Few series have ever rewarded players for exploring their environments as much as Dishonored does, and that legacy is alive and well in its apparent final chapter in all but one case. The final mission feels a bit more linear than the rest. It's not completely closed off and it does offer alternate solutions like nearly all levels have in the series, but the fifth and final mission of Death of the Outsider feels a bit less inspired than all that have come before it. The story beats are still impactful, even as narrative hasn't ever been a main selling point for the series, but in level design the last area is a slight blemish on the game.

Happy Easter!Happy Easter!

A few AI behavioral bugs got in the way too, like when enemies' patrol patterns were re-routed to the point where they were stuck walking into walls. These were few and far between, but in a stealth game such issues weigh a bit more as they disrupt the puzzle-solving of stealthily navigating the many obstructions of any given level.

Adding to the otherwise flawless level design is a series of contracts, side quests that demand specific things with big payouts at the end. The first four missions offer a total of 13 contracts and each of them is unique with parameters and instructions that never repeat. These contracts pair with the Original Game+ mode that gifts Billie abilities from the earlier games to ultimately give Death of the Outsider plenty of reason to come back to see everything it offers.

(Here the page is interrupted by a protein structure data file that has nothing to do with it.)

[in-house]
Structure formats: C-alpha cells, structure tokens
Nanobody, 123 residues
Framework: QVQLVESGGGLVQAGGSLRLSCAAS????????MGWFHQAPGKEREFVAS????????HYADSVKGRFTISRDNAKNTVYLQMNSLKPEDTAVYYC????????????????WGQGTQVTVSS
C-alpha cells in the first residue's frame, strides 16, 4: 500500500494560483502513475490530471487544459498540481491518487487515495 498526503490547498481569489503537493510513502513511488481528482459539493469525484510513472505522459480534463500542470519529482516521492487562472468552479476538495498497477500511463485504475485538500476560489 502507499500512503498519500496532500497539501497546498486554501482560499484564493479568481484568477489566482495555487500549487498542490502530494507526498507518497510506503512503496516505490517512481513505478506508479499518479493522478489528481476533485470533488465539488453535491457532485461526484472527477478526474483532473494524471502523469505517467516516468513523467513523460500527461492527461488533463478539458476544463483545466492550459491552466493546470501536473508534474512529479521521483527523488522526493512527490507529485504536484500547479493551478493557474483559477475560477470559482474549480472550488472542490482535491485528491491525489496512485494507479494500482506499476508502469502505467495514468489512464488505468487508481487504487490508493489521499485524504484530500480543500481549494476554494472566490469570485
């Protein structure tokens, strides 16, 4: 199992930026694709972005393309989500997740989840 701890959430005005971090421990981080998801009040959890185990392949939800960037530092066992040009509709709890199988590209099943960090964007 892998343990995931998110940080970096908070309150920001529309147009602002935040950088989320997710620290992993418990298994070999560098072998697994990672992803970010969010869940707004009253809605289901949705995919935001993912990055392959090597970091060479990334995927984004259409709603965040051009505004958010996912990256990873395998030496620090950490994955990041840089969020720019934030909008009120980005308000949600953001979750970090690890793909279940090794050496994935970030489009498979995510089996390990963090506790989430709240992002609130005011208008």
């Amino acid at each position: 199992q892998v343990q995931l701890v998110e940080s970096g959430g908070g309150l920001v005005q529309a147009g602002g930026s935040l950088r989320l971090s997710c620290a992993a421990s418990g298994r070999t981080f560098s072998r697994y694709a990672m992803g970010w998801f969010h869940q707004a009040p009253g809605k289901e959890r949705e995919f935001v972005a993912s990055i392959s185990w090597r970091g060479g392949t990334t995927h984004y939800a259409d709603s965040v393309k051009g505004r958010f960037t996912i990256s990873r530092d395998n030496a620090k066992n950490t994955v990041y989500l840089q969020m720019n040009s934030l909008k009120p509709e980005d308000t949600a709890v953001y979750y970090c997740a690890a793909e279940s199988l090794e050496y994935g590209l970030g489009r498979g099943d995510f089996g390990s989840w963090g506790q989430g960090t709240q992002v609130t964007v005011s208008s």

The achievement list is a fun one that helps push players to find the more creative solutions to the game's objectives. Why simply break into a bank killing or otherwise incapacitating guards when you can instead release a sleep-inducing toxin into the vents and roam the bank freely? Solutions like these are plentiful in the list, and supplemented by several unmissable story unlocks. There's no achievement for keeping your hands clean of blood this time but you will still have to remain undetected throughout if you want to complete the list. Beating it on Original Game+ means at least two playthroughs are needed, but if you pay attention to all the easily missed mission opportunity achievements and stay out of sight on your first go, you can let your second playthrough be louder, clumsier, and much faster with a completion time of sub-five hours. This puts the achievement list completion at around 15 hours.

Summary

Dishonored: Death of the Outsider comes just a year after the second game and even though it isn't given the numbered sequel treatment, it feels like a worthwhile final chapter to the Dishonored story arc, albeit brief in comparison. Introducing new abilities on top of the always remarkable level design is the game's strongest suit. Some small bugs disrupt the game and the last level doesn't feel as special as any that came before it. Still, if this is truly the last chapter, Death of the Outsider cements Dishonored as one of the best new franchises of the last ten years and places it among the most consistent trilogies ever seen in video games.
4.5 / 5
Positives
  • Continues the series' tradition of unrivaled level design
  • A fitting narrative conclusion
  • New abilities make for new play styles
Negatives
  • Last level falls a bit short
  • Infrequent enemy AI bugs were a disruption
Ethics Statement
The reviewer played through the game twice in about 20 hours, first killing no one, then mostly everyone, unlocking all 30 achievements along the way. An Xbox One copy was provided by the publisher for the purpose of this review.
Mark Delaney
Written by Mark Delaney
Mark is a Boston native now living in Portland, Oregon. He's the Editorial Manager on TA, loves story-first games, and is one of three voices on the TA Playlist podcast. Outside of games he likes biking, sci-fi, the NFL, and spending time with his fiancée and son. He almost never writes in the third person.